Google Android almost here?

Google needs to determine what it wants Android to be when it grows up.

The Register is reporting that Google's Android should see ship with its first (T-Mobile) phone within five weeks, and that the phone will require that buyers sign up for a Google Gmail account. Shades of Microsoft and its Passport service.

First things first, however. Google is still struggling with an unhappy crew of Android developers, its primary crime being a lack of transparency.

As it readies its long-anticipated open mobile OS for public release, Google is behaving in a way that threatens to permanently taint its relationship with many Android developers. The company's actions--including restricting access to key development tools and allegedly treading on open source principles--have created, if not a full-fledged revolt, at least a sense of disappointment and disillusionment among many in the tightly knit Android development community.

This, however, is not a difficult problem to solve. Google doesn't necessarily need to invite the world to contribute to Android...yet. Though it's not the traditional open-source way, it does make sense for Google to try to exercise some quality control with access to its Android SDK to ensure high-quality applications out of the gate.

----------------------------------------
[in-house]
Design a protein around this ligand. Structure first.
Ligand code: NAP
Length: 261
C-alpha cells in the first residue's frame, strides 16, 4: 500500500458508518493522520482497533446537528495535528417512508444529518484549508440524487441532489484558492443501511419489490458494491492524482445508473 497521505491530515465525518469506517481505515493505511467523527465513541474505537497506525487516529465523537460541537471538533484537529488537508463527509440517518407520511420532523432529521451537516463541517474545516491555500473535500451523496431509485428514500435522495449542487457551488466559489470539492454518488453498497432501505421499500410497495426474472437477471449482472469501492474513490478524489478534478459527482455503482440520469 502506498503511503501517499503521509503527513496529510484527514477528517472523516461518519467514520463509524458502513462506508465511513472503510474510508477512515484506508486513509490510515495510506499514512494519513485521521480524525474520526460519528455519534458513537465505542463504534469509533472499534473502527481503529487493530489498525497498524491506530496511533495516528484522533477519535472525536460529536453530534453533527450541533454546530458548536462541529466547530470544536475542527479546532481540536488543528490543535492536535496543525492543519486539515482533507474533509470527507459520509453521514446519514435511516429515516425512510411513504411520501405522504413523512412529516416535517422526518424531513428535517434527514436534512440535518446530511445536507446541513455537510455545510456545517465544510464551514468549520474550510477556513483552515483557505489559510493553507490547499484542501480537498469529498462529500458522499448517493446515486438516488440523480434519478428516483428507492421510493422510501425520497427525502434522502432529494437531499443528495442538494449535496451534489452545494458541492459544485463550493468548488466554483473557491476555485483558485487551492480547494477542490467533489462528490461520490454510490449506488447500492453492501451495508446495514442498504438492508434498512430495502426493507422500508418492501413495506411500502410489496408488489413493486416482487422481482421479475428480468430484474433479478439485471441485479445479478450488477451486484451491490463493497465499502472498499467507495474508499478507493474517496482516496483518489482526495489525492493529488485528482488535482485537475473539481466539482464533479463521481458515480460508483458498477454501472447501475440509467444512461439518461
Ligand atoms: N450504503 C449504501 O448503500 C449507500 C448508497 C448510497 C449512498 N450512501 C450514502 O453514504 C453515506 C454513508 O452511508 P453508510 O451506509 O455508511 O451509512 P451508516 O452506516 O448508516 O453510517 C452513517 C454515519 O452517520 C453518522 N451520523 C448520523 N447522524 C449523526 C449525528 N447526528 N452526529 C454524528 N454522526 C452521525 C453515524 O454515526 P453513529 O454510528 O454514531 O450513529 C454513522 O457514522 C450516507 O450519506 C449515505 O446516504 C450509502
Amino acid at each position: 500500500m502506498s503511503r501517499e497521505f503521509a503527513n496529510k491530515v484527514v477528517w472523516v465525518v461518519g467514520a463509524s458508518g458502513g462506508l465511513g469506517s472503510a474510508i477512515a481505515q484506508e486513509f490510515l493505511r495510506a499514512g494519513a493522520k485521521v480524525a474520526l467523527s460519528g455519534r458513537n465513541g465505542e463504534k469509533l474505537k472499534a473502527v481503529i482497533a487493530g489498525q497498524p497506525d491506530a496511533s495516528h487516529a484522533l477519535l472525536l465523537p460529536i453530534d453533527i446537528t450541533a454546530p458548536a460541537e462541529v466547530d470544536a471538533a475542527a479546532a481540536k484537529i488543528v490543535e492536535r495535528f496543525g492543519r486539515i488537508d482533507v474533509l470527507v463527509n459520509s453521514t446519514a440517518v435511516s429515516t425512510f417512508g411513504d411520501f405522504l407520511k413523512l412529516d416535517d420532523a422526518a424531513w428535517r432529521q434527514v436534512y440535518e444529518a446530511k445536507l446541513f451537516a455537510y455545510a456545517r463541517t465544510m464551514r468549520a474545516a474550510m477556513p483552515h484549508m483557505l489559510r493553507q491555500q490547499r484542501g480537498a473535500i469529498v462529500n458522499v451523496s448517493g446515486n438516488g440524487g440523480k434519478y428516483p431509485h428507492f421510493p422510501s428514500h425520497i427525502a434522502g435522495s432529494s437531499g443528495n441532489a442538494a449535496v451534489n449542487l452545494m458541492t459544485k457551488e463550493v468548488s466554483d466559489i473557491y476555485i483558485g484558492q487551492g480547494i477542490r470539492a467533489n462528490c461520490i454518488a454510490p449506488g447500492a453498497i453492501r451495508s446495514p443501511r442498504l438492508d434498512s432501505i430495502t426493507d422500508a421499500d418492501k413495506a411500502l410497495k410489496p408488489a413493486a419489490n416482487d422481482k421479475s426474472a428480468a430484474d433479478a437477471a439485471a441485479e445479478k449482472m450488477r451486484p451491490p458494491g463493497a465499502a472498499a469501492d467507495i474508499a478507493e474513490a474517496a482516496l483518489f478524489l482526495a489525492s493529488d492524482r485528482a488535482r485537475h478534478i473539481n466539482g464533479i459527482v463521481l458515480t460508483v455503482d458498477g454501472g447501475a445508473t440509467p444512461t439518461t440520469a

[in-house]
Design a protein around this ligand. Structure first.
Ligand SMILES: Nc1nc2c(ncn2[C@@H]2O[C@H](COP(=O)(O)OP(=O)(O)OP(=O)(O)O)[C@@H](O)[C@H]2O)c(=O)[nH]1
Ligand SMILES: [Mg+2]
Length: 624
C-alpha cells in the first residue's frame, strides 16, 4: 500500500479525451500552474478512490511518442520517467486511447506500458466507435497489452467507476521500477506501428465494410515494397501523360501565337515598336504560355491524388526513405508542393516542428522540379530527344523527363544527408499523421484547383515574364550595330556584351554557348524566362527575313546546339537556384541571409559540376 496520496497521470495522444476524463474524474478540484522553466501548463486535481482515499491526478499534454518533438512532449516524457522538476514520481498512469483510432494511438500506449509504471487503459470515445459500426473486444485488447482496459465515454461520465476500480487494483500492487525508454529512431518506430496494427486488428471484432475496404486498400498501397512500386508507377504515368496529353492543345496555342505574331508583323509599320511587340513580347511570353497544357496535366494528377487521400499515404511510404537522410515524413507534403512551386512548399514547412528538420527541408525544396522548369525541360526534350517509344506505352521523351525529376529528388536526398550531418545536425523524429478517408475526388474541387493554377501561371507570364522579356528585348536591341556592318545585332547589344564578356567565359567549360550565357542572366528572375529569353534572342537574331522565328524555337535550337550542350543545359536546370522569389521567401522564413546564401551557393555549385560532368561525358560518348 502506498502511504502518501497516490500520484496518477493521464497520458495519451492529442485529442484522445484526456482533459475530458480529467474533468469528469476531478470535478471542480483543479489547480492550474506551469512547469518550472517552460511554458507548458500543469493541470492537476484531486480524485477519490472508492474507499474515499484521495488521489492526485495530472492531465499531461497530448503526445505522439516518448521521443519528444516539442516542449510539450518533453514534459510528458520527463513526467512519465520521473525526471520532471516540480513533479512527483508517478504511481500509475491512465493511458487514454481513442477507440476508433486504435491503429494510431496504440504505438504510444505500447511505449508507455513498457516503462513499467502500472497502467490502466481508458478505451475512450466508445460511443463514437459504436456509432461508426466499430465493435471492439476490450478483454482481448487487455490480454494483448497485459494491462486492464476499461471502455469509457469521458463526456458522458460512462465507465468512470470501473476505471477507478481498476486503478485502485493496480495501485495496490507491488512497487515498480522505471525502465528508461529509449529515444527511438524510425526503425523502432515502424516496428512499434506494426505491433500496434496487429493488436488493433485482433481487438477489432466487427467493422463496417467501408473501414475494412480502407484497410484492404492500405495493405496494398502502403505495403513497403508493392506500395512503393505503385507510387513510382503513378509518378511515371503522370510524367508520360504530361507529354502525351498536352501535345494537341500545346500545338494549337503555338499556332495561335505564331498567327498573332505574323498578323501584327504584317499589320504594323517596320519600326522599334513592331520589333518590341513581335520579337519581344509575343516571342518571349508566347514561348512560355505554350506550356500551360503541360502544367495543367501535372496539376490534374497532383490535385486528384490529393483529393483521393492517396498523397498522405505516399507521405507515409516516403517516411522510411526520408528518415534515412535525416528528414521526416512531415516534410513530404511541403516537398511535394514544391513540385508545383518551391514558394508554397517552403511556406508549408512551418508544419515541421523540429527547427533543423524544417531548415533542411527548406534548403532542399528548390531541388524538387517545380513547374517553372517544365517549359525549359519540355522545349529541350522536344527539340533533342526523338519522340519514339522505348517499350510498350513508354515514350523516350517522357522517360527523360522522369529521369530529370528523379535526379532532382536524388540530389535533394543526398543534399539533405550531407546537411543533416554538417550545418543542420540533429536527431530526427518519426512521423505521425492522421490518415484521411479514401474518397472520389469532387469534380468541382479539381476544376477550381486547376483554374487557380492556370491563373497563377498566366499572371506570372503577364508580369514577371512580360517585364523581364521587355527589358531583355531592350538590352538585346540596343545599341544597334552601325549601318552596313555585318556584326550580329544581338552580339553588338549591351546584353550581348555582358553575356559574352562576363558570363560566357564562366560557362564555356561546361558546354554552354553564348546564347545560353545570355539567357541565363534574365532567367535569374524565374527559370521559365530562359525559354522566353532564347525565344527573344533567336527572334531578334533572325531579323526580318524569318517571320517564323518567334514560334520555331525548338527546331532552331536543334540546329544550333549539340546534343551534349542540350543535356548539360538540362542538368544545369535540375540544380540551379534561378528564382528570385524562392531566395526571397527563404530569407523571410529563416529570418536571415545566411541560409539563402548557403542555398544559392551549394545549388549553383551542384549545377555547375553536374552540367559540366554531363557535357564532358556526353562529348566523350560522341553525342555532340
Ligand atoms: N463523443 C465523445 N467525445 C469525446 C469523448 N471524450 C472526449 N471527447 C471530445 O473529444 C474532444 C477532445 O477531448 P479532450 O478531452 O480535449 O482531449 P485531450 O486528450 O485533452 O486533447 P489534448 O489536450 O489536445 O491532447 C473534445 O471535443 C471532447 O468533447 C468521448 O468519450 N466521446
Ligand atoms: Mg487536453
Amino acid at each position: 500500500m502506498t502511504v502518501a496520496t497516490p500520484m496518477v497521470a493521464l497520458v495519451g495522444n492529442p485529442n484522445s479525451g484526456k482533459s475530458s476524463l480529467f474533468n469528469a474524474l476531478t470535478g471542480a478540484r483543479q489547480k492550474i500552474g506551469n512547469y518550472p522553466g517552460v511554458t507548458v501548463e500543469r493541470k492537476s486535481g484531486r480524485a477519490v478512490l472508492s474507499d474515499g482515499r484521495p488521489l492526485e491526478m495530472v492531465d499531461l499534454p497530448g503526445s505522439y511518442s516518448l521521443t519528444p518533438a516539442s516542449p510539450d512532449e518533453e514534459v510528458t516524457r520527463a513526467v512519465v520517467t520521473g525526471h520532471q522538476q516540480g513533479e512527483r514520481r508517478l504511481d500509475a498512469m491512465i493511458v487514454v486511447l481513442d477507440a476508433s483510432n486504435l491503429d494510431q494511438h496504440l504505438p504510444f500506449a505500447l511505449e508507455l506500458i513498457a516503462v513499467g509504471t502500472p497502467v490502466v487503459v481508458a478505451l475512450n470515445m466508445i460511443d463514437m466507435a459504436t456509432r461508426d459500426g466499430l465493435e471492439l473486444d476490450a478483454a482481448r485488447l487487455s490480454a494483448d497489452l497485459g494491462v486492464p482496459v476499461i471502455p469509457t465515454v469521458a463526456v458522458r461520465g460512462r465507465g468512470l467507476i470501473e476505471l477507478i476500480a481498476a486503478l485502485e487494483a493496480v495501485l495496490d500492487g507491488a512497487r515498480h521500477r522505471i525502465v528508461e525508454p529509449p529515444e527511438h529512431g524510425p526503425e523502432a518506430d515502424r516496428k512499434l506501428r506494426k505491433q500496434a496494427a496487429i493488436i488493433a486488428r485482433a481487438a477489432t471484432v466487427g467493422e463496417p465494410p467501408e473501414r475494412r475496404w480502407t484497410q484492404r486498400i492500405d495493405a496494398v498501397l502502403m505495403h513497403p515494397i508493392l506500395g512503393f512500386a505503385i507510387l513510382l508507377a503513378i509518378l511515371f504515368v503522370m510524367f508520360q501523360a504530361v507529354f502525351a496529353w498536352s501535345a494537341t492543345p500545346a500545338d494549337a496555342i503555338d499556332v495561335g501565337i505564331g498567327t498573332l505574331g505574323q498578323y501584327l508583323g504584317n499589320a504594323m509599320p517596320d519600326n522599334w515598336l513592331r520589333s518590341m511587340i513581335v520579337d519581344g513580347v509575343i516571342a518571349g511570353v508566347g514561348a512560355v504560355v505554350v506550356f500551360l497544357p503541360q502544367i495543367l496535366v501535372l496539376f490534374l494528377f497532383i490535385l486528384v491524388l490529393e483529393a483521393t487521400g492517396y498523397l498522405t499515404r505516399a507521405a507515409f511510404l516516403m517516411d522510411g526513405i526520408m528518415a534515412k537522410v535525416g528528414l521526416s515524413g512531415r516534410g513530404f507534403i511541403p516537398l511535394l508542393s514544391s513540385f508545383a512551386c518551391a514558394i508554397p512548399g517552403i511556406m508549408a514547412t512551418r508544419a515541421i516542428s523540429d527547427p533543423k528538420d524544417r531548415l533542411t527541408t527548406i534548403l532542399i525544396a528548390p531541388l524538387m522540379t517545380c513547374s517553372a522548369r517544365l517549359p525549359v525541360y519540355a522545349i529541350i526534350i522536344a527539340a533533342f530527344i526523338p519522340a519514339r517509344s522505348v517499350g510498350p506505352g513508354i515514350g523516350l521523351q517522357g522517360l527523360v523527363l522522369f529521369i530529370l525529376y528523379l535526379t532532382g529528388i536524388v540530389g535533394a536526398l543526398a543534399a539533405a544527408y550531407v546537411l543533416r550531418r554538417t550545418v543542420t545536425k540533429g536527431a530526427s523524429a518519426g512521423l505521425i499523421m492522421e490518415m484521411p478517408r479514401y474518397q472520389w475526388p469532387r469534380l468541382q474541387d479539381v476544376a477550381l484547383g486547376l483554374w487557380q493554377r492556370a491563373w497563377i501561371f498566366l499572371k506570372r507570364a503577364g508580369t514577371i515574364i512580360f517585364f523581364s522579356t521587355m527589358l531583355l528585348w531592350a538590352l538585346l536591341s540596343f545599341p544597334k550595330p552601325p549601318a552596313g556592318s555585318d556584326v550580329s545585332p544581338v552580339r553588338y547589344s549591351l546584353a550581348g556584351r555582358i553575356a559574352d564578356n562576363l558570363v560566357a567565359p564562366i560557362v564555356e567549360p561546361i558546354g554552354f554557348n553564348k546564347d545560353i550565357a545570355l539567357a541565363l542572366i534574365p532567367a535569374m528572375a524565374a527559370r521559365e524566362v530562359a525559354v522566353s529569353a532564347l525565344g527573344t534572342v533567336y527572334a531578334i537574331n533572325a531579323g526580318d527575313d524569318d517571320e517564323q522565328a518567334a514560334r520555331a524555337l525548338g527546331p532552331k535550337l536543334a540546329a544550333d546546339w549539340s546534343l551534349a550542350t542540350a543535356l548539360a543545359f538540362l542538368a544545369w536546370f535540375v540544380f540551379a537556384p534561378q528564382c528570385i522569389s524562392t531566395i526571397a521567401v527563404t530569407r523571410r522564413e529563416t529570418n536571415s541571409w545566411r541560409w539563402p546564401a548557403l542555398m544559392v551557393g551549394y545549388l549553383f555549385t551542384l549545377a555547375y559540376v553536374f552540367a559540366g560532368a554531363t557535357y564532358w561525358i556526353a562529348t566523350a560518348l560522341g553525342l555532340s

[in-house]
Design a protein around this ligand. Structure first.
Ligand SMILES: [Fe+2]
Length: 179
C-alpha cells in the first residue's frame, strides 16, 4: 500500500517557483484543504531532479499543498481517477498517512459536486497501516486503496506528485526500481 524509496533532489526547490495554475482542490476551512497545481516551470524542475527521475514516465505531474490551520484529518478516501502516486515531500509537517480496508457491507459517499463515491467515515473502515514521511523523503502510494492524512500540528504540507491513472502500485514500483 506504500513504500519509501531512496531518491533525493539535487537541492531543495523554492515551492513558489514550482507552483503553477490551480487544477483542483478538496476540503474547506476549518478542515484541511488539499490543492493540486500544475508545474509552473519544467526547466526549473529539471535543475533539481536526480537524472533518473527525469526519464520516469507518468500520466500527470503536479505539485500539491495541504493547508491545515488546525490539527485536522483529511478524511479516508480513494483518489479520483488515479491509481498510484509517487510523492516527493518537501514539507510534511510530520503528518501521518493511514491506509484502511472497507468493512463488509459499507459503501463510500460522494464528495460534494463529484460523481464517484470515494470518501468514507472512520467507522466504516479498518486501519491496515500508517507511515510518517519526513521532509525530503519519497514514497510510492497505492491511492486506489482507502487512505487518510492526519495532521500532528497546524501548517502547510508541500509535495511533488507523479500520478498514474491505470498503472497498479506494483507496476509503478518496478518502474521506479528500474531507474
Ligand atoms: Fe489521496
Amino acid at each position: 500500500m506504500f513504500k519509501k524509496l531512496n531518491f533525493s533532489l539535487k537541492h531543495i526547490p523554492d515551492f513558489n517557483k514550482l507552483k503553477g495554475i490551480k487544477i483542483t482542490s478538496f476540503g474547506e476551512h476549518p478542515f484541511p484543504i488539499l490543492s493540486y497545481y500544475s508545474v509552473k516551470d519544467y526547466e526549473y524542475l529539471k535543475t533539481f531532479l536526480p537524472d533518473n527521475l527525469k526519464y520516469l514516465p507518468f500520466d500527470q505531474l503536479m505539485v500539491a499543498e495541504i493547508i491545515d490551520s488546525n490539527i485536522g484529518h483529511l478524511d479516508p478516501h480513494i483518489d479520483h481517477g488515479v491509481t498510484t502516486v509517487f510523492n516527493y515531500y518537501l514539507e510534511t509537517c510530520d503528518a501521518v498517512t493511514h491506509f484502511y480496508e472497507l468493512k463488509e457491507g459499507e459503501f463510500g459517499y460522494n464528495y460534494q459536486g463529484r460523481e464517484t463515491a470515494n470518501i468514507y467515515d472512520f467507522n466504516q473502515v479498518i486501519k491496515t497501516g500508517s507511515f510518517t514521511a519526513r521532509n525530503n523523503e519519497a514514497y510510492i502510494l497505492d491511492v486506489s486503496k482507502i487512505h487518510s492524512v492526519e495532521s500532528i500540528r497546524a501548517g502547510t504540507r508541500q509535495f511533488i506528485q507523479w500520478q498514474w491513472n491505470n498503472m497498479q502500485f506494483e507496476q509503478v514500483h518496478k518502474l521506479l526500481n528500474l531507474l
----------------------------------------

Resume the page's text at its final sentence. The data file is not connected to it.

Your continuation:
However, Google does need to be more transparent in what it's doing, and it needs to determine if it wants to compete as the open alternative to the iPhone, or whether it thinks it can largely go it alone against Apple. I think Google would struggle to beat Apple at its own game, and should instead work to make Android a gathering place for developers who don't want to tie themselves into the iPhone's proprietary platform.

To get there, Google has its work cut out for it, given that Symbian and LiMo are already pushing the open-source mobile message. Google has made it clear that it doesn't intend to converge Android with Symbian or other alternatives. Fine.

But to lead the open mobile revolution, Google needs to lead out in transparency, innovation, and marketing, not mimic the worst of Apple's proprietary approach.

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About the author

    Matt Asay is chief operating officer at Canonical, the company behind the Ubuntu Linux operating system. Prior to Canonical, Matt was general manager of the Americas division and vice president of business development at Alfresco, an open-source applications company. Matt brings a decade of in-the-trenches open-source business and legal experience to The Open Road, with an emphasis on emerging open-source business strategies and opportunities. He is a member of the CNET Blog Network and is not an employee of CNET. You can follow Matt on Twitter @mjasay.

     

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